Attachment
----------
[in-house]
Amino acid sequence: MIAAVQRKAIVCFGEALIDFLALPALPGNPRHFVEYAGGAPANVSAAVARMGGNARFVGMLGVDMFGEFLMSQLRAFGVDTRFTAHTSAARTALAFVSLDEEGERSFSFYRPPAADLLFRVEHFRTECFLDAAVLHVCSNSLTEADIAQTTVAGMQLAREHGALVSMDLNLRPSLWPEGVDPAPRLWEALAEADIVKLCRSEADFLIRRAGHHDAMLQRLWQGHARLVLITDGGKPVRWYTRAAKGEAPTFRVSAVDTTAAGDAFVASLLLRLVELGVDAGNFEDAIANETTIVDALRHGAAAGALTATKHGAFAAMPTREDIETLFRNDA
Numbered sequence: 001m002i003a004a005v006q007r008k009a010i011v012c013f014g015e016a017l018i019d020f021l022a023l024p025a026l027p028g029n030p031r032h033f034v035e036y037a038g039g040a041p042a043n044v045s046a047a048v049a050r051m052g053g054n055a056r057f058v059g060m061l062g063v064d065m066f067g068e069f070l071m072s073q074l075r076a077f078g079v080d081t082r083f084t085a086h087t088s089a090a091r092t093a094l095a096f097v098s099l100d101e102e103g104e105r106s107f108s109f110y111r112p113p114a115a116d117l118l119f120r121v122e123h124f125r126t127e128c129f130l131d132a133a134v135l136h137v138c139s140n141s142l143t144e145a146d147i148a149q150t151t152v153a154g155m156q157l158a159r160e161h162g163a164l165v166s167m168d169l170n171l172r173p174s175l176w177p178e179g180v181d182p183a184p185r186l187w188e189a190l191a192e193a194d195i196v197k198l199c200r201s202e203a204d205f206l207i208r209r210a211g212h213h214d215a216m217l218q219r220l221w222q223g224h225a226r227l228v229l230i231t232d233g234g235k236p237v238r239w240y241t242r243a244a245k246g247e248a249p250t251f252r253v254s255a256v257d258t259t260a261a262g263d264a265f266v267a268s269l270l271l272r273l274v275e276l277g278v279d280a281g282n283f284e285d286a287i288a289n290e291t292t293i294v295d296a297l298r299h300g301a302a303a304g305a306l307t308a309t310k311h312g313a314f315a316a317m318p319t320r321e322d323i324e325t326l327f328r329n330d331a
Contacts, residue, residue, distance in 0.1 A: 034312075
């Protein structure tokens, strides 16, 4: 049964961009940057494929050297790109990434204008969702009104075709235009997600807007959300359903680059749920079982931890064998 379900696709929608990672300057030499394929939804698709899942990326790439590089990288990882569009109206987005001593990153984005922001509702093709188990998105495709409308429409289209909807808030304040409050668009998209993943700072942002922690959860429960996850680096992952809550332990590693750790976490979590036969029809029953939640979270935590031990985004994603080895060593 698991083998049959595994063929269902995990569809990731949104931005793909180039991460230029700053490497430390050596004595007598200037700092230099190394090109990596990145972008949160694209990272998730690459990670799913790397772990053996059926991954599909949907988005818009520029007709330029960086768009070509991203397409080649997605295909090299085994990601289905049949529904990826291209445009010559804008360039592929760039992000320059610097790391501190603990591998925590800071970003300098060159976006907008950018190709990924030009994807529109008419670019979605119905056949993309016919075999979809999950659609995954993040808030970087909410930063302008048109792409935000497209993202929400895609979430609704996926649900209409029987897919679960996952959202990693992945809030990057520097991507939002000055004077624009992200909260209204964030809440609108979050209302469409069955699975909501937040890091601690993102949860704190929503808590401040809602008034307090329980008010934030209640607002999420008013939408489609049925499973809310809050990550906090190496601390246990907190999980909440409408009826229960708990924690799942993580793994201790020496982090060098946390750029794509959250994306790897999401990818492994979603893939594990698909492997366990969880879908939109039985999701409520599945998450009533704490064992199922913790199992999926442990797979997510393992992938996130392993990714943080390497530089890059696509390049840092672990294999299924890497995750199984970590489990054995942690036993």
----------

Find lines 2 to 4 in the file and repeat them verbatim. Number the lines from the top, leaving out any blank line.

Amino acid sequence: MIAAVQRKAIVCFGEALIDFLALPALPGNPRHFVEYAGGAPANVSAAVARMGGNARFVGMLGVDMFGEFLMSQLRAFGVDTRFTAHTSAARTALAFVSLDEEGERSFSFYRPPAADLLFRVEHFRTECFLDAAVLHVCSNSLTEADIAQTTVAGMQLAREHGALVSMDLNLRPSLWPEGVDPAPRLWEALAEADIVKLCRSEADFLIRRAGHHDAMLQRLWQGHARLVLITDGGKPVRWYTRAAKGEAPTFRVSAVDTTAAGDAFVASLLLRLVELGVDAGNFEDAIANETTIVDALRHGAAAGALTATKHGAFAAMPTREDIETLFRNDA
Numbered sequence: 001m002i003a004a005v006q007r008k009a010i011v012c013f014g015e016a017l018i019d020f021l022a023l024p025a026l027p028g029n030p031r032h033f034v035e036y037a038g039g040a041p042a043n044v045s046a047a048v049a050r051m052g053g054n055a056r057f058v059g060m061l062g063v064d065m066f067g068e069f070l071m072s073q074l075r076a077f078g079v080d081t082r083f084t085a086h087t088s089a090a091r092t093a094l095a096f097v098s099l100d101e102e103g104e105r106s107f108s109f110y111r112p113p114a115a116d117l118l119f120r121v122e123h124f125r126t127e128c129f130l131d132a133a134v135l136h137v138c139s140n141s142l143t144e145a146d147i148a149q150t151t152v153a154g155m156q157l158a159r160e161h162g163a164l165v166s167m168d169l170n171l172r173p174s175l176w177p178e179g180v181d182p183a184p185r186l187w188e189a190l191a192e193a194d195i196v197k198l199c200r201s202e203a204d205f206l207i208r209r210a211g212h213h214d215a216m217l218q219r220l221w222q223g224h225a226r227l228v229l230i231t232d233g234g235k236p237v238r239w240y241t242r243a244a245k246g247e248a249p250t251f252r253v254s255a256v257d258t259t260a261a262g263d264a265f266v267a268s269l270l271l272r273l274v275e276l277g278v279d280a281g282n283f284e285d286a287i288a289n290e291t292t293i294v295d296a297l298r299h300g301a302a303a304g305a306l307t308a309t310k311h312g313a314f315a316a317m318p319t320r321e322d323i324e325t326l327f328r329n330d331a
Contacts, residue, residue, distance in 0.1 A: 034312075